When making paddy fields on a slope, the paddies, each with a level surface, must be made one by one in the form of a series of shelves or terraces. Paddy fields made in this manner are called “terraced paddy fields” or “shelf paddies” “tanada” in Japanese. Such paddy fields are found in various parts of the mountainous regions of Japan, and may roughly be divided into two categories, depending on the nature of the place where they are found. The first category includes terraced paddy fields that stretch in long, narrow lines along the bottom of small valley among the mountains. To the second category belong those that are found stretching on wide slopes. Terraced paddy fields belonging to the first category are found everywhere in mountainous regions. They are easy to make and their irrigation presents no problems. In the case of terraced paddy fields of the second category, however, because of the general complexity of the relief of the slopes where they are found, their making in such places requires great labor, and their irrigation is a difficult matter. The present writer conducted a study of 26 of the main terraced paddy fields belonging to the second category, and in each case, was convinced of the great pains and resourcefulness required to ensure the supply of irrigation water. In Japan, rice has been the main food crop since ancient times ; and until the Meiji period, it was the practice among farmers to pay their taxes in rice. Rice was the all-important element of economy, both for the central and local feudal lords until the Meiji period. This was the reason that, throughout the nation, the development and expansion of paddy fields were the two main concerns of the rulers as well as the farmers. This state of affairs continued until recent times. The present writer believes that it is possible to consider the existence of terraced paddy fields as one of the manifestations of the history of this type of rice-centered policy in the form of cultural landscapes seen in the land. In the present paper, the writer has chosen three typical regions, and he purposes to describe the development of the irrigation of the terraced paddy fields found in each of these regions. (1) The Wajima Region in the northern part of the Noto Peninsula. This region is the location of “Shirayone no Senmaida” (or “Numerous Small Terraced Paddy Fields of Shirayone”), which in recent years have come to attract the attention of tourists. There are monographs and books which state that the terraced paddy fields in this region are supplied with irrigation water by springs and rain water. The writer, however, has made clear in the present paper the fallacy of these claims. In the Edo period, in order to irrigate the terraced paddy fields in this region, long irrigation canals were dug to draw irrigation water from the upper reaches of rivers among the mountains, while irrigation reservoirs were made among the mountains to provide irrigation water. Examples of these irrigation systems are shown in Figures 1 and 2. The terraced paddy fields in this region are developed on slopes formed as a result of landslides. (2) The Obasute Region in Nagano Prefecture. This region is the location of terraced paddy fields widely reputed as “Tagoto no Tsuki” (or “The Moon Reflected in Each of Many Paddy Fields”). In this region, too, are found terraced paddy fields on slopes formed as a result of landslides. Concerning the terraced paddy fields in this region, there are books which state that they were supplied with irrigation water by springs and rain water, but the irrigation system in this region is not such a simple matter.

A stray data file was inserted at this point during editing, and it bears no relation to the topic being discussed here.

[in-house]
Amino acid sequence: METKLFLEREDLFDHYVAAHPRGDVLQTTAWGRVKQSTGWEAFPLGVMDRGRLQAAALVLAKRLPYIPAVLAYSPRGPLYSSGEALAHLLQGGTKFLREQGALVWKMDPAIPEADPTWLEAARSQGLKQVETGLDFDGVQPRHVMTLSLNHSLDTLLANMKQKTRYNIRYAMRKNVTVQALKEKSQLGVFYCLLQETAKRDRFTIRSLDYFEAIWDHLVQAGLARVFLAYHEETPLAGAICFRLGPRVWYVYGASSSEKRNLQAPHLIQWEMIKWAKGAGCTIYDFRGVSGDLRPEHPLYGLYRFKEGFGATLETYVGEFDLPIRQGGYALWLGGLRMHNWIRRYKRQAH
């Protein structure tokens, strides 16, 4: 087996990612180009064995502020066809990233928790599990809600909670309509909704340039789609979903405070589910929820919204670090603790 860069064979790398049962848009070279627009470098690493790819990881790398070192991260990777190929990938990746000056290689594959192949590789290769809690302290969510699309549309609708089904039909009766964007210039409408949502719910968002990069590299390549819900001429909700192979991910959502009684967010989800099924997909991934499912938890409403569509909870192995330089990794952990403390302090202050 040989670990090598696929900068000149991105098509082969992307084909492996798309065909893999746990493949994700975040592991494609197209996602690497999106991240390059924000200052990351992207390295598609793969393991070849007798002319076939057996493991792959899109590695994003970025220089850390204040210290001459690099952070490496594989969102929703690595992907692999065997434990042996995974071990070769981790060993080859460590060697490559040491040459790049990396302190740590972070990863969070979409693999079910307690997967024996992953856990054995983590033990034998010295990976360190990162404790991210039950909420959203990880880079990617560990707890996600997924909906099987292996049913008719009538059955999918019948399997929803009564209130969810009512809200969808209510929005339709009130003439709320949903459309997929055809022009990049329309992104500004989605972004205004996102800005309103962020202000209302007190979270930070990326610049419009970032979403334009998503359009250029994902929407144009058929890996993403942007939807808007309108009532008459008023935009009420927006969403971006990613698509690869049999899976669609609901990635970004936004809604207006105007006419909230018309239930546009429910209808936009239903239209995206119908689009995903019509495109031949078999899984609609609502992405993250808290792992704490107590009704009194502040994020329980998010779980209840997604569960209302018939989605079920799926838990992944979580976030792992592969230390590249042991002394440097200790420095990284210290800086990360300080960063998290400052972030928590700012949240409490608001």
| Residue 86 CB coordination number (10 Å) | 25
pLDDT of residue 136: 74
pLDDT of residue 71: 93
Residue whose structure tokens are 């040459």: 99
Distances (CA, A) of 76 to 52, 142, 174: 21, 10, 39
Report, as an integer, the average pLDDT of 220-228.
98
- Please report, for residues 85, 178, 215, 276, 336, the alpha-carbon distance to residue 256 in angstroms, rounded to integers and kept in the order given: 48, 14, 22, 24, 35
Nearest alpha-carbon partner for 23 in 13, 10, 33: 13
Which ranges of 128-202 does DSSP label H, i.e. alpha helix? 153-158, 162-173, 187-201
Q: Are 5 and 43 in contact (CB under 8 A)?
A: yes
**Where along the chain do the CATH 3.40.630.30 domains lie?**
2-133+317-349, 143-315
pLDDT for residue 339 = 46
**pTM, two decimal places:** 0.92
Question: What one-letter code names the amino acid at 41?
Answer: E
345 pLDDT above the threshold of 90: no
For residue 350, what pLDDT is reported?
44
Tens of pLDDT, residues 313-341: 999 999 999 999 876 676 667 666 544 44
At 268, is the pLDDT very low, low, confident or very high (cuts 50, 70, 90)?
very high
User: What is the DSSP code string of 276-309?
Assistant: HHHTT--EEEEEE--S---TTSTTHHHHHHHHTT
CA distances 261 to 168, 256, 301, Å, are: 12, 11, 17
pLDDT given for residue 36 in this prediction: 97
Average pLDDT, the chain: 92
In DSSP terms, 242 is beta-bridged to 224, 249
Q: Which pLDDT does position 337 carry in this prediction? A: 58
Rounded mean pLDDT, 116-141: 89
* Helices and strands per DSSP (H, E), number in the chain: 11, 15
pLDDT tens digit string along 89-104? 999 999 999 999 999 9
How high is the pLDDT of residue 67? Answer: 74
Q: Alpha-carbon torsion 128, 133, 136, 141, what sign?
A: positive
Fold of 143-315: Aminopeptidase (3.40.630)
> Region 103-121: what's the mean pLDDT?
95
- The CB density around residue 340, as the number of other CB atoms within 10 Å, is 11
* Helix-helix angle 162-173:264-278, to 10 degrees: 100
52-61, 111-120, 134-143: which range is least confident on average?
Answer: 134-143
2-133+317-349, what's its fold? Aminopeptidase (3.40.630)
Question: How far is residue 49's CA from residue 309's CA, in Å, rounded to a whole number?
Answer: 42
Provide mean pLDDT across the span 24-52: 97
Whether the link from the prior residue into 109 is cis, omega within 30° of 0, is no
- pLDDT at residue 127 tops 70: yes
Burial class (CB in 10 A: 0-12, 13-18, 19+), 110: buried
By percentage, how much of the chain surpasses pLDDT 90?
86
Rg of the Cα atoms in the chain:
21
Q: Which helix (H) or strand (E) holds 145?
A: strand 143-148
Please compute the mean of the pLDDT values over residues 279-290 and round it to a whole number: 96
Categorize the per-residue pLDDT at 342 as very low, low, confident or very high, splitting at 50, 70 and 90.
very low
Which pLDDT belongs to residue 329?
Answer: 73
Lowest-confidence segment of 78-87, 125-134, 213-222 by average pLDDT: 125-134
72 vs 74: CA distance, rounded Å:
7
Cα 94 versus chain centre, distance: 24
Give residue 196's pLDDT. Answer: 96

The term “pediment” used in this paper is limited to the piedmont gentle slope that truncates hard bedrocks and is formed by the process other than a periglacial action. Longitudinal profiles of pediments in Japan, Korea and the Liaotung Peninsula are concave in shape and more inclined closer to the knickpoint. the inclination of pediment decreases downslope gradually. In Japan the upper part of pediments is 13°-12°in gradient and the lower part is 8°, and the longitudinal length is about 1000-1500 meters in almost all pediments. In Korea and the Liaotung Peninsula the inclination of pediments is 10°-6° in the upper part and about 3°-1° in lower and the length is about 4000-5000 meters in most pediments, where the pediments continue to the plains which are supposed to be pediplains. All the pediments already stopped to grow and they have been dissected by stream-lets. The development of these pediments belongs to the Riss-Würm Interglacial and they stopped to grow a period before the Würm Glacial. It is concluded that the pediments had been formed under the arid climate with the following facts : 1) Most part of granitic bedrocks of the pediments are weathered more than 30-40 meters in thickness, but partially not weathered and solid. Quarries are located on these solid bedrocks. But differences between weathered and solid bedrocks cannot be seen in the shapes of pediments. So pediment surfaces are smooth from weathered to solid bedrocks. There is no soil (or A and B horizon of pedology) on the bedrocks covered with The deposits, and upper parts of the hedrcoks are like Zone 1 of weathering zones being divided by B. RUXTON and L. BERRY (1957). These facts indicate that chemical weathering of the granitic bedrocks started after pedimentation truncating solid bedrocks had stopped. According to N. M. STRAKHOV (1967), chemical weathering are not active in the regions of desert, semi-desert, steppe and tundra. 2) The facies of the deposits on these pediments are similar to those on pediments which are developing in arid and semi-arid regions nowadays. 3) Under the humid climate in East Asia at present, landslide and mudflow are the most active erosional process on the escarpments behind these pediments. These landslides and mudflows often occur on weathered shallow valley bottoms, so the escarpments behind these pediments are eroded linearly.
From the results of the bathymetric survey conducted by the Survey Ship SHOYO from 18 April to 13 May 1974, the following ocean bottom features have been confirmed : 1. All of the Kyushu-Palau Ridge, West Mariana Ridge and the knolls at the central part of the Philippine Basin present their profiles as gentle on their western slopes but steep on their eastern side. 2. On the western part of the bottom of each of the basins separated by the above mentioned ridges, a rugged sea knoll group exists, while a comparatively flat bottom extends at the eastern part. 3. The average depths of the Philippine Basin, West Mariana Basin and Mariana Trough are 5, 800 m, 4, 500 m and 3, 500 m, respectively, presenting a stepped feature separated by the ridges.